I have emailed you a comprehensive procedure for evaluating the reflections and identifying and precisely determine the paths and the location of boundary incidence that determines where specific treatments must be placed.

Contact me if any of the steps are confusing. And we can talk by voice via the relayed info so that you can quickly get this done with a minimum of frustration and a maximum f understanding and the ability to actually see and understand the results. Also, to this end, you can email me the .mdat files and I will be glad to convolve them and help you quickly zero in o the issues with a few examples.


The process is very simple and straightforward one you can visualize what is going on – sometimes a bit difficult to do when hearing this process described in words instead of a simple demo.




Attached is the procedure for the string method, but note that for our purposes with REW, since we do not know the actual time of flight (the time before T=0 that consists of the time it takes for the direct arriving stimulus to travel from source speaker to the mic, that we must carefully and accurately measure this from the acoustic center of the source (for our purposes, the geometric center of the speaker baffle – NOT the tweeter!), to the mic capsule, measured as precisely as possible!

This distance must be added to each arrival time (converted to distance) for each signal arrival in order to determine their TOF. Once that TOF is determined, the general method may be followed.

As the blocking method is an empirical method and uses the display only to help us determine general guideline info, the TOF is not needed. This method is used when we simply desire to determine the vector path and point of boundary incidence in order to determine where treatment should be placed if treatment is desired for the corresponding indirect signal. In other words, if we successfully block a signals specular pathway, the spike corresponding to the energy gain will be diminished.
 

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The first concern revolves around the fact that in acoustics we use the dB SPL scale. I know of no equivalency between dB SPL references measured in dynes/cm^2 and ‘decibels relative to full scale’, commonly abbreviated dBfs, which measures decibel amplitude levels in digital systems such as pulse-code modulation which have a defined maximum available peak level and where 0 dBFS is assigned to the maximum possible digital level. Both are useful within their own appropriate spheres of influence. REW would benefit significantly from the ability to be able to selectively toggle between the two gain scales and to have one or the other to be selectively designated as the default based upon use.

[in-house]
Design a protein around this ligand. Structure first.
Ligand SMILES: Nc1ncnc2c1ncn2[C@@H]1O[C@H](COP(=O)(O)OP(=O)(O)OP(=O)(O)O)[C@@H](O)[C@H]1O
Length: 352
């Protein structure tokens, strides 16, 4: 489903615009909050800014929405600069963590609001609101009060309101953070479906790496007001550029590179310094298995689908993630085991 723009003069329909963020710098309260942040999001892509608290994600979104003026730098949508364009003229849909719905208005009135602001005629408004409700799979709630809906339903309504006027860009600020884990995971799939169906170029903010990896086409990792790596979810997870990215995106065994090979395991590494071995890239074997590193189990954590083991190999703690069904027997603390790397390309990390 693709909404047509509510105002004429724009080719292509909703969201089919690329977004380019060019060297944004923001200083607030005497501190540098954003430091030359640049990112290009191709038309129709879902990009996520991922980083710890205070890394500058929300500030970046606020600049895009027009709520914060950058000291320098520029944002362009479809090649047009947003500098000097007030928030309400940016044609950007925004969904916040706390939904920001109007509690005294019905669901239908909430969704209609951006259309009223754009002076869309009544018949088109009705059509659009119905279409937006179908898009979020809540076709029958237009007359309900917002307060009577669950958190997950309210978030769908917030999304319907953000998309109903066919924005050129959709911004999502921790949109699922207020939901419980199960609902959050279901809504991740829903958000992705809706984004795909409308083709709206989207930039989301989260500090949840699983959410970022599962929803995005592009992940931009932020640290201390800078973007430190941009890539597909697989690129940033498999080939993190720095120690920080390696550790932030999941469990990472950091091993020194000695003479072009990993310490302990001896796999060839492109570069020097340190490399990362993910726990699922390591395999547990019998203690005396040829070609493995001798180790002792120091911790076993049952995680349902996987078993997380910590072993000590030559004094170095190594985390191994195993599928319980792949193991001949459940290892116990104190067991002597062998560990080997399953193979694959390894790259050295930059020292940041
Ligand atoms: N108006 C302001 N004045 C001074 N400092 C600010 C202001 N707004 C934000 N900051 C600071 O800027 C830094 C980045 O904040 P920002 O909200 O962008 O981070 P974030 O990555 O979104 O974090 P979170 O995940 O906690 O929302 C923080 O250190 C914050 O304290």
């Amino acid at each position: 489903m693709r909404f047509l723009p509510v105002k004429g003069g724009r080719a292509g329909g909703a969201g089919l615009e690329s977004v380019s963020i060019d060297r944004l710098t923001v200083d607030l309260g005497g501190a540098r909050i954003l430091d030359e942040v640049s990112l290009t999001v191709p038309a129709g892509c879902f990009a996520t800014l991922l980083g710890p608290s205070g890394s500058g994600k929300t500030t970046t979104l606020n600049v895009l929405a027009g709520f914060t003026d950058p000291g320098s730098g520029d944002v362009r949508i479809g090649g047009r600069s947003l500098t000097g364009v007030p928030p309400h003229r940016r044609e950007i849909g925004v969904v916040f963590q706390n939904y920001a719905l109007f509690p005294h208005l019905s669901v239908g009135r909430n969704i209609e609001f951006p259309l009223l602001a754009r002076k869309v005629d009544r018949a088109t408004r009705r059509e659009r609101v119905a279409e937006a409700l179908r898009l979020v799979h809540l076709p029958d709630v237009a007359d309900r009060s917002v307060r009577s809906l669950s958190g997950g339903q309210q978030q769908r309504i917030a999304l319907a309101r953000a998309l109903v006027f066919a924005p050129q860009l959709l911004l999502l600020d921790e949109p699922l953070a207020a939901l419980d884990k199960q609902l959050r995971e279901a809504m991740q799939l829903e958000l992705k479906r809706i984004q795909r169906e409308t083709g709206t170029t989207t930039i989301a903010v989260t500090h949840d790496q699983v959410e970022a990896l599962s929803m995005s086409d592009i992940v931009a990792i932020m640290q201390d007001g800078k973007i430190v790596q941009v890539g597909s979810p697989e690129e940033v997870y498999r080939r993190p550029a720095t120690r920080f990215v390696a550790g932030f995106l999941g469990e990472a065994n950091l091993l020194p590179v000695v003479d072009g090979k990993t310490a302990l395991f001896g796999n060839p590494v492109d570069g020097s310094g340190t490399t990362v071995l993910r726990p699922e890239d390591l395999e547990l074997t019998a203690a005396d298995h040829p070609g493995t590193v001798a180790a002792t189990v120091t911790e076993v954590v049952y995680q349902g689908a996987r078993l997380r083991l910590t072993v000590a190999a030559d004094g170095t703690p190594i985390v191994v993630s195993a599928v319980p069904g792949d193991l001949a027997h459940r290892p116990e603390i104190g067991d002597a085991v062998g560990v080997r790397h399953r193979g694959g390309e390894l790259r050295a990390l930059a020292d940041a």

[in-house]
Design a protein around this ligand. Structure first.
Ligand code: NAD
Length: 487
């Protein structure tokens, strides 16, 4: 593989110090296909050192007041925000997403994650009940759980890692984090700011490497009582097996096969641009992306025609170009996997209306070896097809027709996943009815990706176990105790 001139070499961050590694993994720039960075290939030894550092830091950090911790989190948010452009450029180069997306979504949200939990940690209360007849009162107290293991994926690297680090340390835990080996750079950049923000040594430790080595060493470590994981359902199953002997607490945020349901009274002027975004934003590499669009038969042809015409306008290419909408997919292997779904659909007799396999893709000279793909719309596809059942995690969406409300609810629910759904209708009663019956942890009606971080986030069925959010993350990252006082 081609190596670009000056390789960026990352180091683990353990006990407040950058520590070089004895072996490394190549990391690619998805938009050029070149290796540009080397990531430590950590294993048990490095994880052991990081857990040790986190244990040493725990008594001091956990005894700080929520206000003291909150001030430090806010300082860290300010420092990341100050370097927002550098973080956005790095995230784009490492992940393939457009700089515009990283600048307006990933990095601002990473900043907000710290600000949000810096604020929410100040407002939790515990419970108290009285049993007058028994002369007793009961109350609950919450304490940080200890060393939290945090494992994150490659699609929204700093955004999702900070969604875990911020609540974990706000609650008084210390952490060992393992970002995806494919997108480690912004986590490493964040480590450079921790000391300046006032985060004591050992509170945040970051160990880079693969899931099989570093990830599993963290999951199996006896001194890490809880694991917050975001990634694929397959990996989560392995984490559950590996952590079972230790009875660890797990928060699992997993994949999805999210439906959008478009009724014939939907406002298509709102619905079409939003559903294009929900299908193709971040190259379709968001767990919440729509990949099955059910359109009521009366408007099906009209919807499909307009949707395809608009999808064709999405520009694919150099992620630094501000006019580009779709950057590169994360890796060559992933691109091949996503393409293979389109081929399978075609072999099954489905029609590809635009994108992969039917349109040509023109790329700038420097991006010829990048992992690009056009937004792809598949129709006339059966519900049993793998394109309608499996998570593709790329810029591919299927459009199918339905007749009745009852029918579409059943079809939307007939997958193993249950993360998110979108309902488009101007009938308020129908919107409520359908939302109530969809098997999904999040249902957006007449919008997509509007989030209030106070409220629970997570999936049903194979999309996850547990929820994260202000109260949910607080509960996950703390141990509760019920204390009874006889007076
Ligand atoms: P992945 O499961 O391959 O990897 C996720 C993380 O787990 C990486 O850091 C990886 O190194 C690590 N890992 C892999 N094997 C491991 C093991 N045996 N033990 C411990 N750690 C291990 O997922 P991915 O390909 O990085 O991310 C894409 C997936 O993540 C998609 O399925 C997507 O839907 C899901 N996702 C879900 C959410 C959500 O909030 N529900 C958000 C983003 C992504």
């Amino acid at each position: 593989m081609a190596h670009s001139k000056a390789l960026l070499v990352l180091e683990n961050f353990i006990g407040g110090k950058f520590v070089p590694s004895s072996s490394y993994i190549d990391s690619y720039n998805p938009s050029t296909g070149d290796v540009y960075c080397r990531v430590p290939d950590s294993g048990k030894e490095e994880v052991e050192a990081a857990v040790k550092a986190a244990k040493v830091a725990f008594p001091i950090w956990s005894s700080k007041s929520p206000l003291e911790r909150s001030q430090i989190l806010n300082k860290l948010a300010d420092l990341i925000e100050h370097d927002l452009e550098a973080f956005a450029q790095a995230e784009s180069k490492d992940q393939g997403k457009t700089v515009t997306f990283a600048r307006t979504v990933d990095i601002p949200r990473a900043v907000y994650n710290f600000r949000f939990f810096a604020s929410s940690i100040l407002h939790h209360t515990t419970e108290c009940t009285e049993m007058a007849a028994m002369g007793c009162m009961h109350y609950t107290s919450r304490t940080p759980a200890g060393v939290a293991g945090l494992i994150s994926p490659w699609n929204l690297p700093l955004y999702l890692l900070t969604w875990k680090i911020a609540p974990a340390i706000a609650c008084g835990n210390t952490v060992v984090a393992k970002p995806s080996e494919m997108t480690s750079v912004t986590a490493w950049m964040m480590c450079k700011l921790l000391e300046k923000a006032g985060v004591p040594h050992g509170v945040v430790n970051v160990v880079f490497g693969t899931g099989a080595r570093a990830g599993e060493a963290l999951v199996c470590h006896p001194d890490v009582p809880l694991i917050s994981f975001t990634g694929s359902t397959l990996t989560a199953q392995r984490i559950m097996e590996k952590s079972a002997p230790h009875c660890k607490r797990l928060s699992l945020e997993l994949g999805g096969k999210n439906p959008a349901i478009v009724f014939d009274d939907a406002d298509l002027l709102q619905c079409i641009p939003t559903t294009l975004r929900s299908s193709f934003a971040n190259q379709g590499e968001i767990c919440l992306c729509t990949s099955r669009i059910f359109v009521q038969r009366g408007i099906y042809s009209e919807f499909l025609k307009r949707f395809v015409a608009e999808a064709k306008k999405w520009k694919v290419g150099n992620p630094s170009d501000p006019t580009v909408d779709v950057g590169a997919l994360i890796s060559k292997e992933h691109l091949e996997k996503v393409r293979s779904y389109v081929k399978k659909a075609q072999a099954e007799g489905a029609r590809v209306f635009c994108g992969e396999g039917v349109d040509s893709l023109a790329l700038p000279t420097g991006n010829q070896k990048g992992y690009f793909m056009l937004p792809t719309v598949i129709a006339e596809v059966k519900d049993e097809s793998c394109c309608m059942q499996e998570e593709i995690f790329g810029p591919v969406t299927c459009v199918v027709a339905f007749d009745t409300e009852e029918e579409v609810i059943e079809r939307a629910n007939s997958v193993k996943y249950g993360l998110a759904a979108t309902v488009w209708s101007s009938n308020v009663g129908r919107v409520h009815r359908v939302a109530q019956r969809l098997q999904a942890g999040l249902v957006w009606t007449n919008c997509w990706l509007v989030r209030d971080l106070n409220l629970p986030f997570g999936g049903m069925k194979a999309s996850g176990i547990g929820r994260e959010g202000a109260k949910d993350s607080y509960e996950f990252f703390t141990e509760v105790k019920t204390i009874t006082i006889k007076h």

dB FS and dB SPL differ only by an offset, i.e. a 10 dB change on the dB FS scale is a 10 dB change on the dB SPL scale. I'm not sure that adding the offset to provide an SPL value brings a benefit in the interpretation of the data.

The other concern is that the default time assignment axis and direct signal view does not correspond to the actual arrival time of the source stimulus. In short, the arrival time displayed on the X axis time display does not correlate directly to the actual stimulus signal arrival time – the TOF.
If the Analysis preferences box to use a loopback as a timing reference is checked all times are shown relative to the arrival of the loopback signal, so in the typical case where the loopback is connected at the soundcard input/output the times include the acoustic time of flight and any processing delays in equipment connected after that point.

If this capability were provided, (assuming one has performed the NECESSARY HW propagation/latency loopback in order to account for the latency overhead that is imposed by the hardware system in order to achieve accurate time display), one could then optionally translate the X axis values and assign T=0 for any point as desired, should they need such niche capability. This feature, while nice is a special purpose function, useful for niche processing purposes, such as for determining the time delta between different signal arrivals useful for time offset delay line settings between drivers or array for signal alignment purposes.
The impulse graph includes controls to shift the t=0 reference point by a user-selectable amount. Time and amplitude deltas can also be measured from the graph by pressing the ctrl key and the right mouse button and dragging.
 

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Thank you so VERY MUCH John for that info about the TOF/loopback display and the additional time delta displays!!!! :T

Now to make all aware of this!!!!:eek:lddude: